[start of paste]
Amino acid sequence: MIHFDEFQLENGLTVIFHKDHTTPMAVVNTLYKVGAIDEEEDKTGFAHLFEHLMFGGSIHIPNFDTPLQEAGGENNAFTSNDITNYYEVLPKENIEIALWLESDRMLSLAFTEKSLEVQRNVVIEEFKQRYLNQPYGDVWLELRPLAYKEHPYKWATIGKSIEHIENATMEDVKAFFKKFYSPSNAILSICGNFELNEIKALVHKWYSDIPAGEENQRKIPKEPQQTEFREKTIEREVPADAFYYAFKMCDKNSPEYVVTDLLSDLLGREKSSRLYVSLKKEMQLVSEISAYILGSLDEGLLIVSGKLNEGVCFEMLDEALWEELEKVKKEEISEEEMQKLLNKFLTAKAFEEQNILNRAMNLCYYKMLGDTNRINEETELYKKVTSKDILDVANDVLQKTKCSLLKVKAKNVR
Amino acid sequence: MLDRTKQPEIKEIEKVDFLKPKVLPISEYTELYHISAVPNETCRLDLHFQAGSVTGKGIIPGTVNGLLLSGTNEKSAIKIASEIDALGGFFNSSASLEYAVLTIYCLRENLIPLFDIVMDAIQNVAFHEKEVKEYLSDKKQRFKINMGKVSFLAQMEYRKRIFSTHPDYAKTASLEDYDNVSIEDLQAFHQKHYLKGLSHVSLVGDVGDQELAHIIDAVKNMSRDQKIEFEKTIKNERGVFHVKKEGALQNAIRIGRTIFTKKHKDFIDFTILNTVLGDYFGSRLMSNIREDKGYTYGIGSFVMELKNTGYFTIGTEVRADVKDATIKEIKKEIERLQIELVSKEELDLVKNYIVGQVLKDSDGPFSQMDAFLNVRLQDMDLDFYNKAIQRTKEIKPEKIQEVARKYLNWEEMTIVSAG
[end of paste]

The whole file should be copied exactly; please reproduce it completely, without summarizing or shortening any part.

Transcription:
Amino acid sequence: MIHFDEFQLENGLTVIFHKDHTTPMAVVNTLYKVGAIDEEEDKTGFAHLFEHLMFGGSIHIPNFDTPLQEAGGENNAFTSNDITNYYEVLPKENIEIALWLESDRMLSLAFTEKSLEVQRNVVIEEFKQRYLNQPYGDVWLELRPLAYKEHPYKWATIGKSIEHIENATMEDVKAFFKKFYSPSNAILSICGNFELNEIKALVHKWYSDIPAGEENQRKIPKEPQQTEFREKTIEREVPADAFYYAFKMCDKNSPEYVVTDLLSDLLGREKSSRLYVSLKKEMQLVSEISAYILGSLDEGLLIVSGKLNEGVCFEMLDEALWEELEKVKKEEISEEEMQKLLNKFLTAKAFEEQNILNRAMNLCYYKMLGDTNRINEETELYKKVTSKDILDVANDVLQKTKCSLLKVKAKNVR
Amino acid sequence: MLDRTKQPEIKEIEKVDFLKPKVLPISEYTELYHISAVPNETCRLDLHFQAGSVTGKGIIPGTVNGLLLSGTNEKSAIKIASEIDALGGFFNSSASLEYAVLTIYCLRENLIPLFDIVMDAIQNVAFHEKEVKEYLSDKKQRFKINMGKVSFLAQMEYRKRIFSTHPDYAKTASLEDYDNVSIEDLQAFHQKHYLKGLSHVSLVGDVGDQELAHIIDAVKNMSRDQKIEFEKTIKNERGVFHVKKEGALQNAIRIGRTIFTKKHKDFIDFTILNTVLGDYFGSRLMSNIREDKGYTYGIGSFVMELKNTGYFTIGTEVRADVKDATIKEIKKEIERLQIELVSKEELDLVKNYIVGQVLKDSDGPFSQMDAFLNVRLQDMDLDFYNKAIQRTKEIKPEKIQEVARKYLNWEEMTIVSAG